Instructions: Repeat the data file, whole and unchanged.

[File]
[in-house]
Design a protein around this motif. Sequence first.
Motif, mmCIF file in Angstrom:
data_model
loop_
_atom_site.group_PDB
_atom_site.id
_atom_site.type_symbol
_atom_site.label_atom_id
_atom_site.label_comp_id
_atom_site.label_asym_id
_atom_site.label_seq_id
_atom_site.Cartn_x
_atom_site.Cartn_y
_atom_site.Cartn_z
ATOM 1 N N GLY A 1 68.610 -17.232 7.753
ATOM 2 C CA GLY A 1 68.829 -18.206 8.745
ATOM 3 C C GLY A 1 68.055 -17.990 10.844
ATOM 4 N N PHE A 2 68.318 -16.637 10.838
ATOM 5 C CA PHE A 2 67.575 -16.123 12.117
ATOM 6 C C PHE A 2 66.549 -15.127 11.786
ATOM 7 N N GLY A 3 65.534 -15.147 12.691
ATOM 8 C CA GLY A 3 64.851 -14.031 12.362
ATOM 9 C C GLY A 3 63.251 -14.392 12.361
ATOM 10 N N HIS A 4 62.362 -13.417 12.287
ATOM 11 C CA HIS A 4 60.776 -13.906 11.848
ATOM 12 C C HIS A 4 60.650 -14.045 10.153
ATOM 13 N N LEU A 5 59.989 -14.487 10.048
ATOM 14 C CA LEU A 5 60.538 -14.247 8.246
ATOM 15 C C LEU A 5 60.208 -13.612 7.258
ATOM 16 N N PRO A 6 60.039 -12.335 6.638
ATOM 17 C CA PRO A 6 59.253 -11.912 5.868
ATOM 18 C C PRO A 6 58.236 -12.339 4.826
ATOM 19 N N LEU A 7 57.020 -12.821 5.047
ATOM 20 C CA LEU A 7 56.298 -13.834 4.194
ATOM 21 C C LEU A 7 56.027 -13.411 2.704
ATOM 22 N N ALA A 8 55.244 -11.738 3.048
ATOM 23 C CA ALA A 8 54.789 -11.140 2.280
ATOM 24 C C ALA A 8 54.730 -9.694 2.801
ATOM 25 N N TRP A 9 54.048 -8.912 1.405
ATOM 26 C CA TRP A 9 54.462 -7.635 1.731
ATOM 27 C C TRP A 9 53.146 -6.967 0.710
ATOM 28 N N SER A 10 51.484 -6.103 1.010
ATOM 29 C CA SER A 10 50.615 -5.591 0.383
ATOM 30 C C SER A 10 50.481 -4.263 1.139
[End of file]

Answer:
[in-house]
Design a protein around this motif. Sequence first.
Motif, mmCIF file in Angstrom:
data_model
loop_
_atom_site.group_PDB
_atom_site.id
_atom_site.type_symbol
_atom_site.label_atom_id
_atom_site.label_comp_id
_atom_site.label_asym_id
_atom_site.label_seq_id
_atom_site.Cartn_x
_atom_site.Cartn_y
_atom_site.Cartn_z
ATOM 1 N N GLY A 1 68.610 -17.232 7.753
ATOM 2 C CA GLY A 1 68.829 -18.206 8.745
ATOM 3 C C GLY A 1 68.055 -17.990 10.844
ATOM 4 N N PHE A 2 68.318 -16.637 10.838
ATOM 5 C CA PHE A 2 67.575 -16.123 12.117
ATOM 6 C C PHE A 2 66.549 -15.127 11.786
ATOM 7 N N GLY A 3 65.534 -15.147 12.691
ATOM 8 C CA GLY A 3 64.851 -14.031 12.362
ATOM 9 C C GLY A 3 63.251 -14.392 12.361
ATOM 10 N N HIS A 4 62.362 -13.417 12.287
ATOM 11 C CA HIS A 4 60.776 -13.906 11.848
ATOM 12 C C HIS A 4 60.650 -14.045 10.153
ATOM 13 N N LEU A 5 59.989 -14.487 10.048
ATOM 14 C CA LEU A 5 60.538 -14.247 8.246
ATOM 15 C C LEU A 5 60.208 -13.612 7.258
ATOM 16 N N PRO A 6 60.039 -12.335 6.638
ATOM 17 C CA PRO A 6 59.253 -11.912 5.868
ATOM 18 C C PRO A 6 58.236 -12.339 4.826
ATOM 19 N N LEU A 7 57.020 -12.821 5.047
ATOM 20 C CA LEU A 7 56.298 -13.834 4.194
ATOM 21 C C LEU A 7 56.027 -13.411 2.704
ATOM 22 N N ALA A 8 55.244 -11.738 3.048
ATOM 23 C CA ALA A 8 54.789 -11.140 2.280
ATOM 24 C C ALA A 8 54.730 -9.694 2.801
ATOM 25 N N TRP A 9 54.048 -8.912 1.405
ATOM 26 C CA TRP A 9 54.462 -7.635 1.731
ATOM 27 C C TRP A 9 53.146 -6.967 0.710
ATOM 28 N N SER A 10 51.484 -6.103 1.010
ATOM 29 C CA SER A 10 50.615 -5.591 0.383
ATOM 30 C C SER A 10 50.481 -4.263 1.139